Although free trade provides overall benefits, removing a trade barrier on a particular good hurts the shareholders and employees of the domestic industry that produces that good. Some of the groups that are hurt by foreign competition wield enough political power to obtain protection against imports. Consequently, barriers to trade continue to exist despite their sizable economic costs. According to the U.S. International Trade Commission, for example, the U.S. gain from removing trade restrictions on textiles and apparel would have been almost twelve billion dollars in 2002 alone. Read more....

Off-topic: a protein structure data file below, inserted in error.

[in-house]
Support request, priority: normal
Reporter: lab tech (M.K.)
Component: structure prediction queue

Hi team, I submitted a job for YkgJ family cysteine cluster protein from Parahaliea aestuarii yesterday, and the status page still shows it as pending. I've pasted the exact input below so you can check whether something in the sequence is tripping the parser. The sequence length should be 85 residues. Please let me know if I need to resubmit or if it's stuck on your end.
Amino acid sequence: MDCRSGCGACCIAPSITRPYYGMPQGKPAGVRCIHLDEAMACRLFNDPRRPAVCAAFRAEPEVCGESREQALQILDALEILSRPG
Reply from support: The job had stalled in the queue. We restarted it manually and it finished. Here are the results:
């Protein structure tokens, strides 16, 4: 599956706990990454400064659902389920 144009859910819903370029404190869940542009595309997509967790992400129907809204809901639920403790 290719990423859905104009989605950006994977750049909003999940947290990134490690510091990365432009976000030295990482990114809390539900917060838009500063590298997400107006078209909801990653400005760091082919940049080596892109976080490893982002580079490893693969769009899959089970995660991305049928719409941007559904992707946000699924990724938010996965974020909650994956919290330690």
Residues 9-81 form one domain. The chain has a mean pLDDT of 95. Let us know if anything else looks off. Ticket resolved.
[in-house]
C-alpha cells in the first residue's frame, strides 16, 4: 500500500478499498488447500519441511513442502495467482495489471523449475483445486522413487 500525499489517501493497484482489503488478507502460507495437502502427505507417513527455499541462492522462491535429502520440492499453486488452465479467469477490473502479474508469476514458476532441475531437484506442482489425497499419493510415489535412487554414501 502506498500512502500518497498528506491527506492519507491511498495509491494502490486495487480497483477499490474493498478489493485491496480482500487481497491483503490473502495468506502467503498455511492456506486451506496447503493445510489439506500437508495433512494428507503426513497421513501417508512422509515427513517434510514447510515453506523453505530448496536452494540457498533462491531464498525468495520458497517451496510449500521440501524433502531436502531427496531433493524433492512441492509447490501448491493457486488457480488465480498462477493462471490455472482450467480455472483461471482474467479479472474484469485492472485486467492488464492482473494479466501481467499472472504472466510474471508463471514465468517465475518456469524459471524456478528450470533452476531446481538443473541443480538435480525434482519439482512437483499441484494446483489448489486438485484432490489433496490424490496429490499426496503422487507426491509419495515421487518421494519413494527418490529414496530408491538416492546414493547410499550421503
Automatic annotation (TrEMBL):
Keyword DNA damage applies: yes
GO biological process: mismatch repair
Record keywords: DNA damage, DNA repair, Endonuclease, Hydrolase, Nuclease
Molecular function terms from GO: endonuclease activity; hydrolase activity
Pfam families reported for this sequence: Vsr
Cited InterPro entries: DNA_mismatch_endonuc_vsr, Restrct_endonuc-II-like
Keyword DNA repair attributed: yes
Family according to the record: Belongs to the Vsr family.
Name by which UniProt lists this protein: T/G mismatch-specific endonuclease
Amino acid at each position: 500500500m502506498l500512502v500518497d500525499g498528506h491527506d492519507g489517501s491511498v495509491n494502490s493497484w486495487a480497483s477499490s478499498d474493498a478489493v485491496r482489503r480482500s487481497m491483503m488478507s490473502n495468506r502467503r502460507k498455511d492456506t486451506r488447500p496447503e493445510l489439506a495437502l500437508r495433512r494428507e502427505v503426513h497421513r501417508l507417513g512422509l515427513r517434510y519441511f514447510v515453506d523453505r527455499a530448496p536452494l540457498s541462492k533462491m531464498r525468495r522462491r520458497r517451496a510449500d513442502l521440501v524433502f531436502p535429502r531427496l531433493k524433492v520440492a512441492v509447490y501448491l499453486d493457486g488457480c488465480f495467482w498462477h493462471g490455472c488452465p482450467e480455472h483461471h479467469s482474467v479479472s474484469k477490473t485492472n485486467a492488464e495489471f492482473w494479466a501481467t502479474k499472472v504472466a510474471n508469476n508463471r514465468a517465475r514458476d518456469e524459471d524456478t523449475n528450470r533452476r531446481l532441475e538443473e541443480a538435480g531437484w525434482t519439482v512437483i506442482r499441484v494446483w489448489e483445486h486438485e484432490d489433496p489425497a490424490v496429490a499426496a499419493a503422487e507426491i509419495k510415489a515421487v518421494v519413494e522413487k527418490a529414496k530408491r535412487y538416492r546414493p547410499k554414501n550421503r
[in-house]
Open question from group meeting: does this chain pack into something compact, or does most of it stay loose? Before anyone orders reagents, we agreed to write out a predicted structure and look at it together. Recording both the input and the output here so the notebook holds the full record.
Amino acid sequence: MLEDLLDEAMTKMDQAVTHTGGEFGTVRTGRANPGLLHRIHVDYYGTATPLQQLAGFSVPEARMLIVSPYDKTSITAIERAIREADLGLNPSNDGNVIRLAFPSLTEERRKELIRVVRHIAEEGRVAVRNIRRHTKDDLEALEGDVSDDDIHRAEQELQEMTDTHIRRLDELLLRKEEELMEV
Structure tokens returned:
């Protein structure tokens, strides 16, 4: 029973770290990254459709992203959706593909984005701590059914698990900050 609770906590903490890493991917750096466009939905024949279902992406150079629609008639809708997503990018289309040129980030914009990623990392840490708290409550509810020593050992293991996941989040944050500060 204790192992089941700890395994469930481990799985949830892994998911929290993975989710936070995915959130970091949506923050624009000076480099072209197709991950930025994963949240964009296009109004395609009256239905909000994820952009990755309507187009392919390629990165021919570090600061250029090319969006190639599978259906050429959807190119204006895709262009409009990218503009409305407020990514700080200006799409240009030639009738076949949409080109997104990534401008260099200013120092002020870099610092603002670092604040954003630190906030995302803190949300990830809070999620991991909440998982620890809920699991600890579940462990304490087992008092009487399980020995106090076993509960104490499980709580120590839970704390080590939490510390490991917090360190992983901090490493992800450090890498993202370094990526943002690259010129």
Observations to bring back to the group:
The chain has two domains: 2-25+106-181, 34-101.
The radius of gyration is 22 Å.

Wednesday, November 30, 2011
Congress Passes Controversial Free Trade Agreements
Congress approved free trade agreements Wednesday with South Korea, Colombia and Panama, ending a four-year drought in the forming of new trade partnerships and giving the White House and Capitol Hill the opportunity to show they can work together to stimulate the economy and put people back to work. The three landmark deals between the United States and trading partners South Korea, Colombia and Panama approved by the U.S. Congress late Wednesday represented the largest free trade agreements in the U.S. since 1994 and the first free trade agreement made by the U.S. since 2007.